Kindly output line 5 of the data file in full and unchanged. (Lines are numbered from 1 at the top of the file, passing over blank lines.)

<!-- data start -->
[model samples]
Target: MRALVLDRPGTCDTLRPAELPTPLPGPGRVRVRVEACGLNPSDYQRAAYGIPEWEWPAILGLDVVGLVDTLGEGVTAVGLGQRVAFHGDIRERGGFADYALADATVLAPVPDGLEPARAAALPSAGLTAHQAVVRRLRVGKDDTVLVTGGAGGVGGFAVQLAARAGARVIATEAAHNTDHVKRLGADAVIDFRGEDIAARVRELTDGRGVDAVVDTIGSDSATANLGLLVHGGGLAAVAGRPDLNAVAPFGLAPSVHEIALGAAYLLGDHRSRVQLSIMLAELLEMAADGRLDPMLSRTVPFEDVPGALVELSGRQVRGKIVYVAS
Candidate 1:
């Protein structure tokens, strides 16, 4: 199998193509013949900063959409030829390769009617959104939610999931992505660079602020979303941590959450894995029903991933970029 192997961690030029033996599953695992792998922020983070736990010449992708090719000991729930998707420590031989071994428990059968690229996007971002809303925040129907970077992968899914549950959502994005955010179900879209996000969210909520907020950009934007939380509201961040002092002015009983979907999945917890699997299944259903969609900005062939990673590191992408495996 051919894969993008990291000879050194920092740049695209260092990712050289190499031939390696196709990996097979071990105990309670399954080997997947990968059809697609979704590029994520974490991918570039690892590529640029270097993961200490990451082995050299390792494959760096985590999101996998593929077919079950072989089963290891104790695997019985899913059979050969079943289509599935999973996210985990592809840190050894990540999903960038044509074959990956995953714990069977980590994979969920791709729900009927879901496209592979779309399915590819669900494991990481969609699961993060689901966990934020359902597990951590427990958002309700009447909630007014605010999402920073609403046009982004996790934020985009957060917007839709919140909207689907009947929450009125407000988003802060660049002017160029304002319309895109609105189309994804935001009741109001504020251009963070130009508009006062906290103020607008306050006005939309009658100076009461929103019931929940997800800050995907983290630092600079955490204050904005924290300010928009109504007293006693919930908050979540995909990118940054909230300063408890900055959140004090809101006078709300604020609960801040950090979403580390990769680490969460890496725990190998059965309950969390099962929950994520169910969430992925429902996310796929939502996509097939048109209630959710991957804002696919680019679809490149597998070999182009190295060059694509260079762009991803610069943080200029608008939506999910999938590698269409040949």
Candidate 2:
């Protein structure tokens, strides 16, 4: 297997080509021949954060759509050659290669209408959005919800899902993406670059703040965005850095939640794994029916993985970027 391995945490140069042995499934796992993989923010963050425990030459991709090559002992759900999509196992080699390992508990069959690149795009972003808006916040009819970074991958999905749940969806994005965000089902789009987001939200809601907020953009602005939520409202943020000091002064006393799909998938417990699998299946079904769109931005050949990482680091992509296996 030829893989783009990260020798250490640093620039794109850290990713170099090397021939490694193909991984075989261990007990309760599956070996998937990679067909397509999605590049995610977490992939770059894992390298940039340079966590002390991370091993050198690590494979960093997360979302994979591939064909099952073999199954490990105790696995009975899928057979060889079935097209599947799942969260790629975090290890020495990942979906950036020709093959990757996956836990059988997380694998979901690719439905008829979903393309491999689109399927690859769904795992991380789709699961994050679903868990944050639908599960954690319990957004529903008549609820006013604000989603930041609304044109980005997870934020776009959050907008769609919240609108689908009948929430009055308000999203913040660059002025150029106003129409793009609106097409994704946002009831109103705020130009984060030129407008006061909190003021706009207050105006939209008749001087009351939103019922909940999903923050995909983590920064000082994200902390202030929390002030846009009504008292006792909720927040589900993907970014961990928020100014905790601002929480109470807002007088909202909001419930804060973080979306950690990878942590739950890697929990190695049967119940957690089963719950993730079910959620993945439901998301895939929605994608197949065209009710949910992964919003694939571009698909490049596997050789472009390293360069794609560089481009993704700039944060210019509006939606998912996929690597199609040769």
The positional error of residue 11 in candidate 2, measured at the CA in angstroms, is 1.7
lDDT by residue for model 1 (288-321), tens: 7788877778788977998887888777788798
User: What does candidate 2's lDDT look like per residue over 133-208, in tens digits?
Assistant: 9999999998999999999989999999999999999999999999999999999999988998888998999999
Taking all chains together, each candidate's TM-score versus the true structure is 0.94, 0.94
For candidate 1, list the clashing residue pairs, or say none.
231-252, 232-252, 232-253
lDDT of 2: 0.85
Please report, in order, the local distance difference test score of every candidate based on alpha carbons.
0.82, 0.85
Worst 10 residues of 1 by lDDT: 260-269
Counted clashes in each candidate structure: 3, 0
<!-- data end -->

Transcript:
Candidate 2: